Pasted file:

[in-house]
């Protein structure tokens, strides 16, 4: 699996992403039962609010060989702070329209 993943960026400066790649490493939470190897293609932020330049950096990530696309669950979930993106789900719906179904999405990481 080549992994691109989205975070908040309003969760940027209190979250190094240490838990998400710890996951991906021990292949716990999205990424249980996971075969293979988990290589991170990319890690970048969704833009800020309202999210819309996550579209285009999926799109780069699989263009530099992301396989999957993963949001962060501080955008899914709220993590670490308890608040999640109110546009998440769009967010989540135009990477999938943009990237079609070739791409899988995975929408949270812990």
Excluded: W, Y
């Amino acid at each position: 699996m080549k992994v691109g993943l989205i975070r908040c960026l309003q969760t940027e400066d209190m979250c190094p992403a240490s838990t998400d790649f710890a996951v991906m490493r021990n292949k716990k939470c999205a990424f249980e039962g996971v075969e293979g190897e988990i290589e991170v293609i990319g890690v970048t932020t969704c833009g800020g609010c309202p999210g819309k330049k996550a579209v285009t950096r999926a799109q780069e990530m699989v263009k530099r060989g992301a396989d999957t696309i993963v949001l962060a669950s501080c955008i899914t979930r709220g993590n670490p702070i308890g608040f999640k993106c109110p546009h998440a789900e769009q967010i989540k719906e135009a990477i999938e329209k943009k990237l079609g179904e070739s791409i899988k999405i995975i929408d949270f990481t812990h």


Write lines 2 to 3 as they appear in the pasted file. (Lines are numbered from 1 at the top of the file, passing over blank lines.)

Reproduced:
């Protein structure tokens, strides 16, 4: 699996992403039962609010060989702070329209 993943960026400066790649490493939470190897293609932020330049950096990530696309669950979930993106789900719906179904999405990481 080549992994691109989205975070908040309003969760940027209190979250190094240490838990998400710890996951991906021990292949716990999205990424249980996971075969293979988990290589991170990319890690970048969704833009800020309202999210819309996550579209285009999926799109780069699989263009530099992301396989999957993963949001962060501080955008899914709220993590670490308890608040999640109110546009998440769009967010989540135009990477999938943009990237079609070739791409899988995975929408949270812990």
Excluded: W, Y